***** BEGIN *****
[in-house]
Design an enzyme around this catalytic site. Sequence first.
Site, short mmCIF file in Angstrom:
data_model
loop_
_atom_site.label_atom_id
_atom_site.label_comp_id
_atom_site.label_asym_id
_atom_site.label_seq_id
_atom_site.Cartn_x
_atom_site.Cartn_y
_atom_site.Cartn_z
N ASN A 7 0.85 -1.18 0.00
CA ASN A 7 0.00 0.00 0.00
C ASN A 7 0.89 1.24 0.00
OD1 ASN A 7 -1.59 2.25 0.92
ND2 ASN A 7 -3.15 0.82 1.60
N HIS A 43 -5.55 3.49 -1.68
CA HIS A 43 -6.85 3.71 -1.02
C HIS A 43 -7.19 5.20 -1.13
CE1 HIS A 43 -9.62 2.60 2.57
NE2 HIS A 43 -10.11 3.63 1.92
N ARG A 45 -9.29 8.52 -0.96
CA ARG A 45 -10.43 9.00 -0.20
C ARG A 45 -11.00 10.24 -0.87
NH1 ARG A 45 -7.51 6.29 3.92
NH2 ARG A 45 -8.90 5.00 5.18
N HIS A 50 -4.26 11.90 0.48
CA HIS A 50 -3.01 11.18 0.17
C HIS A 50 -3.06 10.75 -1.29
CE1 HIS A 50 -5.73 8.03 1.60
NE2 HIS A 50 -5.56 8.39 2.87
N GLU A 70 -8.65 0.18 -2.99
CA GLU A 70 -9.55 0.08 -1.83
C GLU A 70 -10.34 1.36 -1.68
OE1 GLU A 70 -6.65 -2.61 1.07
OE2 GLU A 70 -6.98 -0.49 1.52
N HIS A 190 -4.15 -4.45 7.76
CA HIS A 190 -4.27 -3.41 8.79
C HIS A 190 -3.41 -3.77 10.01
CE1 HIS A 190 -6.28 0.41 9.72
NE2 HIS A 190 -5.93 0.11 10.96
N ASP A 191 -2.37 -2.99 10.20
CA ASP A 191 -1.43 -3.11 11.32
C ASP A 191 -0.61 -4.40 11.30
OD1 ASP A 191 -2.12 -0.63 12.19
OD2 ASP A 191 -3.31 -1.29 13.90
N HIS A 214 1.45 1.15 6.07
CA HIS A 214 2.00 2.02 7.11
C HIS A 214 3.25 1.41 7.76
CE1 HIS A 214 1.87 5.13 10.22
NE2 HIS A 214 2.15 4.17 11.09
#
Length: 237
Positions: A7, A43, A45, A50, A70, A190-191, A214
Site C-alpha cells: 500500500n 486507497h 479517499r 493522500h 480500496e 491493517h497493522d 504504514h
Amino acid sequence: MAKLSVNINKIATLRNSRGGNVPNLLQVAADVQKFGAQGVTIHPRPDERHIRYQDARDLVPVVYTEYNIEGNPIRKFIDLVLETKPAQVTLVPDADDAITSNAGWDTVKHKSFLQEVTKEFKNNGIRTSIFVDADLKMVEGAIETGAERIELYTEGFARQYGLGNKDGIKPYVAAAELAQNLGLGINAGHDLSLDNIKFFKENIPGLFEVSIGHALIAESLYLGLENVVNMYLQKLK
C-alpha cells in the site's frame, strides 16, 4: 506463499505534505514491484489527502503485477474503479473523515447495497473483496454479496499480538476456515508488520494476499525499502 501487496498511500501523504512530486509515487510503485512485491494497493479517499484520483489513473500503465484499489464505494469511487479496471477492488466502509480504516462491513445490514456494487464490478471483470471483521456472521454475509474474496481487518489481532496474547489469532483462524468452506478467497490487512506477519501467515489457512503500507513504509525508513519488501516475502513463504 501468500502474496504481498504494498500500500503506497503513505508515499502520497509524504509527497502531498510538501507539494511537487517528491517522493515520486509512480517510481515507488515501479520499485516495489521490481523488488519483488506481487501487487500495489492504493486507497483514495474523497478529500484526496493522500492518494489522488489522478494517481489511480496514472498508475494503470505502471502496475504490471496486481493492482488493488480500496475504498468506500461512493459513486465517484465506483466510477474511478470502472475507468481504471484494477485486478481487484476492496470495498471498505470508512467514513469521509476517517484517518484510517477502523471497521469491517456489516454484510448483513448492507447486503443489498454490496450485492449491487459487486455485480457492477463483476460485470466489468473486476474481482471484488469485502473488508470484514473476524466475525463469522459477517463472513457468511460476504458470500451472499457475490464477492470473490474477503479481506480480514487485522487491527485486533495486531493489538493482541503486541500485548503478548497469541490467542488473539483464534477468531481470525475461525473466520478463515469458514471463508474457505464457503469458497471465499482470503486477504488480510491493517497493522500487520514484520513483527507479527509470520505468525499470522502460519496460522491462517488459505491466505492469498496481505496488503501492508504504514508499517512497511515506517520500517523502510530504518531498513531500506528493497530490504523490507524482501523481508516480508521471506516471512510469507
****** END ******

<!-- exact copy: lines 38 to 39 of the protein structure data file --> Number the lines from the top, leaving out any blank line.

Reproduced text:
N HIS A 190 -4.15 -4.45 7.76
CA HIS A 190 -4.27 -3.41 8.79